How to auto-reset Marlin after Kill

Under certain critical circumstances like thermal runaway protection, Marlin entered a killed state. You typically need to hard-reset the mainboard after entering that state. However, in environments where physical access to the machine, hard-resetting Marlin is not possible, so you might need to implement.

Note that diagnosing & fixing the underlying issue that caused the reset is extremely important and ignoring it might lead to further issues, up to a fire hazard or the destruction of the printer. So be sure to know what you are doing before just.

The following guide was tested with Marlin It should work with most Marlin 2.x versions with minor adjustments.

First, note that as an alternative to hard-resetting the mainboard there is the SOFT_RESET_ON_KILL option which allows you to trigger a soft reset out of kill mode using a button connected to a pin. We won’t delve into more detail on this, since it doesn’t really change the requirement for physical access to the printer.

Open Marlin/src/MarlinCore.cpp and find the minkill(bool) function.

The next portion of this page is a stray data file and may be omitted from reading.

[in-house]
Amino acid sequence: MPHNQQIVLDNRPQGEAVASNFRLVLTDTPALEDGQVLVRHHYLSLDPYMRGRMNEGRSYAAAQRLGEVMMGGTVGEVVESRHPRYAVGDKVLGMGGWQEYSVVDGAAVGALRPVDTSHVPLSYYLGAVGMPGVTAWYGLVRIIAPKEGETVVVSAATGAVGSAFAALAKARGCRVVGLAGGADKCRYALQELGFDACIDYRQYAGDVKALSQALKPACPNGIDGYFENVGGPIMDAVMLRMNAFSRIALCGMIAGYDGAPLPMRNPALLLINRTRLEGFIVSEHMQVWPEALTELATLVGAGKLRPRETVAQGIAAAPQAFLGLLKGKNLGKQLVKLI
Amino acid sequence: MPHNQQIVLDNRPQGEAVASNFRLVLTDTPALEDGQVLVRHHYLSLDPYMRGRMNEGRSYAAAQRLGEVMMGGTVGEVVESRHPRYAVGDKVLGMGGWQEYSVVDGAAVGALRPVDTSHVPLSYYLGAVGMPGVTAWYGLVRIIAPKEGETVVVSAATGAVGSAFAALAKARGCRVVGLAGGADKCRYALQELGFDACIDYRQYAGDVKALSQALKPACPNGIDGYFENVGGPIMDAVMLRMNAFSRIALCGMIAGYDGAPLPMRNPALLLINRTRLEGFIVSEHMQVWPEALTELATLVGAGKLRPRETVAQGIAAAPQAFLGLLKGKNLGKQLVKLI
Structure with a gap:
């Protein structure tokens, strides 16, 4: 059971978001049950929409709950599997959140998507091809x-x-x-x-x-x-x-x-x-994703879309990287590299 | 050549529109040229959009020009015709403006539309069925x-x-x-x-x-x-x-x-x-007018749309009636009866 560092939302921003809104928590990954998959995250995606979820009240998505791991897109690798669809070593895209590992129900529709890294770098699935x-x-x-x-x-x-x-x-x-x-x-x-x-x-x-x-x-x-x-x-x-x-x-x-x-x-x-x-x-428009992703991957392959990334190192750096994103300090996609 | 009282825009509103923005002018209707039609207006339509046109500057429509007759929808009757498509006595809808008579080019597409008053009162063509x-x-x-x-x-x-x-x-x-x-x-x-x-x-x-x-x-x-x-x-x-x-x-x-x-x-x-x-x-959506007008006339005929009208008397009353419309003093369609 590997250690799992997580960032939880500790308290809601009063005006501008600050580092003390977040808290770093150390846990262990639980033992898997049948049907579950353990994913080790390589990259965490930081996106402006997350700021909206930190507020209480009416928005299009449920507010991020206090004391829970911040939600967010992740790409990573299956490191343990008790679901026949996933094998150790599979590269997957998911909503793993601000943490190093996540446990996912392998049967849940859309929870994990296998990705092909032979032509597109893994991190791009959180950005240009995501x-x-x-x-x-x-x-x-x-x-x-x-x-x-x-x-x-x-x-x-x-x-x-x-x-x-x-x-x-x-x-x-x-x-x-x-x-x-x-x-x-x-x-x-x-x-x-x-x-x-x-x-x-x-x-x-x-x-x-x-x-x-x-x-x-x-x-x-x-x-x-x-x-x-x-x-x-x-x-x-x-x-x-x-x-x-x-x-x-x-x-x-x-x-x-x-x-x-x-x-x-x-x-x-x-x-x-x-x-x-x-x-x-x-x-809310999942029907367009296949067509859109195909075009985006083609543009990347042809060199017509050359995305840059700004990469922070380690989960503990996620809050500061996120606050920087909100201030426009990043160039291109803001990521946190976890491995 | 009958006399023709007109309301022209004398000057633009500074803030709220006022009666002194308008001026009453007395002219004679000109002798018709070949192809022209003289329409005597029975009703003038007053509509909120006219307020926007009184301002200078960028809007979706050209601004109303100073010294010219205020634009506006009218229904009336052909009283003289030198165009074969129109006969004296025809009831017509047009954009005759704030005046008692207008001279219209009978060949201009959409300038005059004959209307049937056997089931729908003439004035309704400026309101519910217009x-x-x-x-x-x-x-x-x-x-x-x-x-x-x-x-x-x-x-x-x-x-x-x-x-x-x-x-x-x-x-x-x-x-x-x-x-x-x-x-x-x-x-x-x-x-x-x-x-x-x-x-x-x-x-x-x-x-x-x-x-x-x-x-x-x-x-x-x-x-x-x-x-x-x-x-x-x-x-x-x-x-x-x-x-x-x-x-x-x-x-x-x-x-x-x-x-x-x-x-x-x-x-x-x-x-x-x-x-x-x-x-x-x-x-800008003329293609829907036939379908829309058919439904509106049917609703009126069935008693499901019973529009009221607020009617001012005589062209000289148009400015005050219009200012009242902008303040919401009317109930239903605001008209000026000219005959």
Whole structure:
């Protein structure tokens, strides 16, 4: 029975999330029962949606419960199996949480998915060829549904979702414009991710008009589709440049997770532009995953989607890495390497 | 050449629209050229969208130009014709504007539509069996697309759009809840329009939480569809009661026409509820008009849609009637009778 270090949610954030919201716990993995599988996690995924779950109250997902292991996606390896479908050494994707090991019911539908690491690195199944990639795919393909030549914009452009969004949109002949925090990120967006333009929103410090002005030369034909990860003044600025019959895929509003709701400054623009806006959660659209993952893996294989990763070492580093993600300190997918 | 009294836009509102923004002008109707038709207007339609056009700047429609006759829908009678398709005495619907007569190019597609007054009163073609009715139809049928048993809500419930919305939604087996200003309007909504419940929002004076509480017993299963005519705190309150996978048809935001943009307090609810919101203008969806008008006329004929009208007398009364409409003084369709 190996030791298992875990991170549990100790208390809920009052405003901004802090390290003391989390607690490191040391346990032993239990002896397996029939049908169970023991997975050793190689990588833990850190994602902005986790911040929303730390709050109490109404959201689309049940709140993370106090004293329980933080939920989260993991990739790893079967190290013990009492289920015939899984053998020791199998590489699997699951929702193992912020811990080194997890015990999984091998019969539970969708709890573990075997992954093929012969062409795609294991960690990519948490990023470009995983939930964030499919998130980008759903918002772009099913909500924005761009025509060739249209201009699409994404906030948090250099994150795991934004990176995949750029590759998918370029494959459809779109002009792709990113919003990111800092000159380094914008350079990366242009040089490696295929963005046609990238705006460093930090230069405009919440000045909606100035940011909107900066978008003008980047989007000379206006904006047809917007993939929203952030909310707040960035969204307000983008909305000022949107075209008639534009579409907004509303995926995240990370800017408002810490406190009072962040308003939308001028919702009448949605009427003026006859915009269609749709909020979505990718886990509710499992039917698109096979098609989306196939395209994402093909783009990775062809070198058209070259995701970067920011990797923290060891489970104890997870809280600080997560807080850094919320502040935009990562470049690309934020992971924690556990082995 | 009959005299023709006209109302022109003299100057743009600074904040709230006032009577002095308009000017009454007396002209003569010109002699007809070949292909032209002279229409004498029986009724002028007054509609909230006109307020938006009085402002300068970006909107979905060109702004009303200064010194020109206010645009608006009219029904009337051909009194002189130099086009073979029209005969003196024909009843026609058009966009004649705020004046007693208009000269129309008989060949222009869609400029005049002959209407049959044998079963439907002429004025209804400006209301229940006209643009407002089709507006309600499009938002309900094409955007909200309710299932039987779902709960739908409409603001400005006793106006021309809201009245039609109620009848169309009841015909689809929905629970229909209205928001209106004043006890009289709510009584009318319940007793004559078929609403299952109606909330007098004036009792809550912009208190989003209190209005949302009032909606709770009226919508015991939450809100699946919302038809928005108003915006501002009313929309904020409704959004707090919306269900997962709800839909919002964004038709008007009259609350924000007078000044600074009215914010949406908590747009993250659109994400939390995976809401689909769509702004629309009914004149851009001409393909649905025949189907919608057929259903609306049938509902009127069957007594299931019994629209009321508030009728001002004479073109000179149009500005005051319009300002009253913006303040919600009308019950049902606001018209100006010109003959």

At the end, this function contains a preprocessor-controlled branch of the following structure:

  // Branch 1 ...
  // Branch 2 ...

We will replace this entire branch by these lines:

// Wait for 5 seconds for controller to catch up
for (int i = 5000; i--;) { DELAY_US(1000); watchdog_refresh(); } // 5000*1ms = 3s
// Auto-reset after kill

I prefer to insert the 5-second delay into the reboot logic so no superordinate controller (like a Raspberry Pi running OctoPrint) can miss that the Marlin board has been killed. Although most controllers should be able to detect the killed state from the G-Code, this 5-second delay will simulate the default behaviour of not resetting at all after the killed state has been reached. However note that in case you absolutely need to reset ASAP after the kill state has been reached, it’s typically safe to omit the wait loop.